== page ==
A partnership is a business entity having two or more owners. Earnings are distributed according to the partnership agreement and are treated as personal income for tax purposes. Thus, like the sole proprietorship, the partnership is simply a conduit for directing income to its partners. Partnership has a unique liability situation. Each partner is jointly and severally liable. Thus, a damaged party can pursue a single partner or any number of partners- and that claim may or may not be proportional to the invested capital of the partners or the distribution of the earnings. This means that if the one partner did something to damage a customer, that customer could sue all the partners even though other partner played no part in the problem.
Organizing a partnership is not as effortless as with a sole proprietorship. The partners must determine, and should set down in writing, their agreement on a number of issues:
- The amount and nature of their respective capital contributions (e.g., one partner might contribute cash, another a patent, and a third property and cash)
- How the business’s profits and losses will be allocated
- Salaries and draws against profits
- Management responsibilities
- The consequences of withdrawal, retirement, disability, or the death of a partner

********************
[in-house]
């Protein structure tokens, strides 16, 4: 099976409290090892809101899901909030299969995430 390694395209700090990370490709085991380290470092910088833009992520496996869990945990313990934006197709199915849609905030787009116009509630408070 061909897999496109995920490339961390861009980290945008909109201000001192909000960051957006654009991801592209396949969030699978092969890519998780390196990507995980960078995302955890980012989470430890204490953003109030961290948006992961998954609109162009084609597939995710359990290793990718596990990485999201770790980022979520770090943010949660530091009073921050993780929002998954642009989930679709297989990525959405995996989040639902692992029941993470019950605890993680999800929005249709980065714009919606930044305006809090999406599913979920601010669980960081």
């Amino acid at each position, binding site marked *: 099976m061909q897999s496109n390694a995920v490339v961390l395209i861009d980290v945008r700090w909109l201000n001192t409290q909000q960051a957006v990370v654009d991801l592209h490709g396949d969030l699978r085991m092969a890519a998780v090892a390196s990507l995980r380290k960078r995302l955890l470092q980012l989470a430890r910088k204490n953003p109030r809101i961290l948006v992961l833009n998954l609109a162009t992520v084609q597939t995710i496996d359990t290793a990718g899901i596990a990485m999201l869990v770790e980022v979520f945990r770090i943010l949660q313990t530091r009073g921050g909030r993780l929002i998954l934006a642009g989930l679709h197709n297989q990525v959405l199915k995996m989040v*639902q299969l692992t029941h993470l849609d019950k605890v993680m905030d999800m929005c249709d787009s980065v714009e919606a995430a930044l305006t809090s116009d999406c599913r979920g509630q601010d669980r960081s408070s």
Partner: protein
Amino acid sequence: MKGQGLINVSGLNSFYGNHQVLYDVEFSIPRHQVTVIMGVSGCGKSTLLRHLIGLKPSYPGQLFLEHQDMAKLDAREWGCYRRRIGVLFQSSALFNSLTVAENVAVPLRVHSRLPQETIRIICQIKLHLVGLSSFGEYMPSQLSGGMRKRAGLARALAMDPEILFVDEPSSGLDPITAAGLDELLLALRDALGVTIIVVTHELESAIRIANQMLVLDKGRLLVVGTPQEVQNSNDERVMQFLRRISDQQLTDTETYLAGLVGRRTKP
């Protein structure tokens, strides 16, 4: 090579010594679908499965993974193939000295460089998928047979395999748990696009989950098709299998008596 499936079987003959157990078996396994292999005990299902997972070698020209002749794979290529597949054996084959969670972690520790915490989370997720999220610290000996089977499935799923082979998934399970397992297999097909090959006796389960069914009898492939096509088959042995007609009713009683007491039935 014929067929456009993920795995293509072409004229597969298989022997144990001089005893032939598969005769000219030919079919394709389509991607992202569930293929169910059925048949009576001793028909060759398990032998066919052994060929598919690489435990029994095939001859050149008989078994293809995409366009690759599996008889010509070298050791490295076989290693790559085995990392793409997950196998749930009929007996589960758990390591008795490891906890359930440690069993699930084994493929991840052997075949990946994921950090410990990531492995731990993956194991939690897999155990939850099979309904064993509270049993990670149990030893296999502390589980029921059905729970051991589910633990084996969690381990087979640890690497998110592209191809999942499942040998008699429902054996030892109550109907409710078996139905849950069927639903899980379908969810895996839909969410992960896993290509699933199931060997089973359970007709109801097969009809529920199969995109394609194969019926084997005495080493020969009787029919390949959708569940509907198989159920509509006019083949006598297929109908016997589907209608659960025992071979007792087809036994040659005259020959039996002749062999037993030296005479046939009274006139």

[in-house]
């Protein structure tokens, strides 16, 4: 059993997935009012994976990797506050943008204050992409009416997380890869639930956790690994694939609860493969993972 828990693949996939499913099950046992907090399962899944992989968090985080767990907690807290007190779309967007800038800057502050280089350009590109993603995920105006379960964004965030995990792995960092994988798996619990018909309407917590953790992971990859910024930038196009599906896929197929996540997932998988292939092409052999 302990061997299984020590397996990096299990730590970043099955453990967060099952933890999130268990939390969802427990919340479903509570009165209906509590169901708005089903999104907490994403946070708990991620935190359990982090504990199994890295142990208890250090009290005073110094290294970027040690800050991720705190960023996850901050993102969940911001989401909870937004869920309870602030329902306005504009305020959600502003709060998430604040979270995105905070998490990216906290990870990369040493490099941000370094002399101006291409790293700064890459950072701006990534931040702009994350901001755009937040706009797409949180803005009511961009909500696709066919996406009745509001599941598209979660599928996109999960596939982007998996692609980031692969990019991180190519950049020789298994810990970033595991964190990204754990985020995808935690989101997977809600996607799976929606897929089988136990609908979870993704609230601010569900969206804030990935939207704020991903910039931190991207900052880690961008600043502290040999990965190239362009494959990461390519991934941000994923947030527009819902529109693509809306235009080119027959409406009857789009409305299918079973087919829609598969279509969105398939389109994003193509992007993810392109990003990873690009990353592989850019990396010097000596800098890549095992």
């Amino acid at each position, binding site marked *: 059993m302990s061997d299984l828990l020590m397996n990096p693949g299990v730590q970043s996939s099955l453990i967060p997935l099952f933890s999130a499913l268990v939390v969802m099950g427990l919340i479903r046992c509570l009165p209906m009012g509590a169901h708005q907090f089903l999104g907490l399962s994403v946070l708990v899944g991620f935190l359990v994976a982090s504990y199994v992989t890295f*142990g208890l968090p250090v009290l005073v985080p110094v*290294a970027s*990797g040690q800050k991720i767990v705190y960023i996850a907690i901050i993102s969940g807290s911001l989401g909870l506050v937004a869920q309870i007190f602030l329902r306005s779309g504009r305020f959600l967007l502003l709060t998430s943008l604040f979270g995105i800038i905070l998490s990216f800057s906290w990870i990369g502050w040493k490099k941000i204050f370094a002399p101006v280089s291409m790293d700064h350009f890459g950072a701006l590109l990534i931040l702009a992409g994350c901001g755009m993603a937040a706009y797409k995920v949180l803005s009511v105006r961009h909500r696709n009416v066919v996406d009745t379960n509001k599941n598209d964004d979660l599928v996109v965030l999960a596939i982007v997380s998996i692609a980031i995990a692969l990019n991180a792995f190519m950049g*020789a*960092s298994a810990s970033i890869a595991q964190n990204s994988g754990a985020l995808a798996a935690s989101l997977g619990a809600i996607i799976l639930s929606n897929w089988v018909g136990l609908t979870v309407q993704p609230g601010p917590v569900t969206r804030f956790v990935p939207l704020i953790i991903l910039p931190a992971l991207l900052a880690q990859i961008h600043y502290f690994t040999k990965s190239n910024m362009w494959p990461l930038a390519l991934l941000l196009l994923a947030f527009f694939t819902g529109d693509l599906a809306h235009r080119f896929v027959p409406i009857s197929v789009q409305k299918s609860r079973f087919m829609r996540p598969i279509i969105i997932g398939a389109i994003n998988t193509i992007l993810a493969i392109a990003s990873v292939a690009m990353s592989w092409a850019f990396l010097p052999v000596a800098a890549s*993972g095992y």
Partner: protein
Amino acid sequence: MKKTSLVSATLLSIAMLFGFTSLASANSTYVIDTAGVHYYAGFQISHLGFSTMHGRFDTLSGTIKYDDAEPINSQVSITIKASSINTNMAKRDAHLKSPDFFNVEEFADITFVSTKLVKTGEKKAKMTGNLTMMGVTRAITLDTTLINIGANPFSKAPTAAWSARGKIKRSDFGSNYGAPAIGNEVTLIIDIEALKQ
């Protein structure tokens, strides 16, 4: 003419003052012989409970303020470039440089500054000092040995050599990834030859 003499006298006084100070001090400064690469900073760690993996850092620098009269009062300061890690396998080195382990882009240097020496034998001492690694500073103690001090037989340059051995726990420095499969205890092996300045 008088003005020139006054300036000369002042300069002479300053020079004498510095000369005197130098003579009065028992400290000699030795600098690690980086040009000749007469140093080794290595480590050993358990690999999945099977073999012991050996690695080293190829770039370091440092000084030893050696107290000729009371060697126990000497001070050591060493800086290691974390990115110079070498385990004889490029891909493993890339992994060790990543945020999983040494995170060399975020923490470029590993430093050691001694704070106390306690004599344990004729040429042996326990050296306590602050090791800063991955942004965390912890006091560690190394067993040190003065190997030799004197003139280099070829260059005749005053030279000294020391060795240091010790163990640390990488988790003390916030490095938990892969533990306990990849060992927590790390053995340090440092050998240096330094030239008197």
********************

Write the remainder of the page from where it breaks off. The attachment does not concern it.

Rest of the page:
- The means of dissolution and liquidation of the partnership
Advantages of a Partnership
Partnerships have many of the same advantages of the sole proprietorship, along with others:
· Except for the time and the legal cost of crafting a partnership agreement, it is easy to establish.
· Because there is more than one owner, the entity has more than one pool of capital to tap in financing the business and its operations.
· Profits from the business flow directly to the partners personal tax returns; they are not subject to a second level of taxation.
· The entity can draw on the judgment and management of more than one person. In the best cases, the partners will have complementary skills.
Disadvantages of a Partnership
As mentioned earlier, partners are jointly and severally liable for the actions of the other partners. Thus, one partner can put other partners at risk without their knowledge or consent. Other disadvantages include the following:
· Profits must be shared among the partners.
· With two or more partners being privy to decisions, decision making may de slower and more difficult than in a sole proprietorship. Disputes can tie the partnership in knots.
· As with a sole proprietorship, the cost of some employee benefits may not be deductible from income taxation.
Depending on the partnership agreement, the partnership may have a limited life. Unless otherwise specified, it will end upon the withdrawal or death of any partner.
Visit our website: http://www.mukeshraj.com/contact.html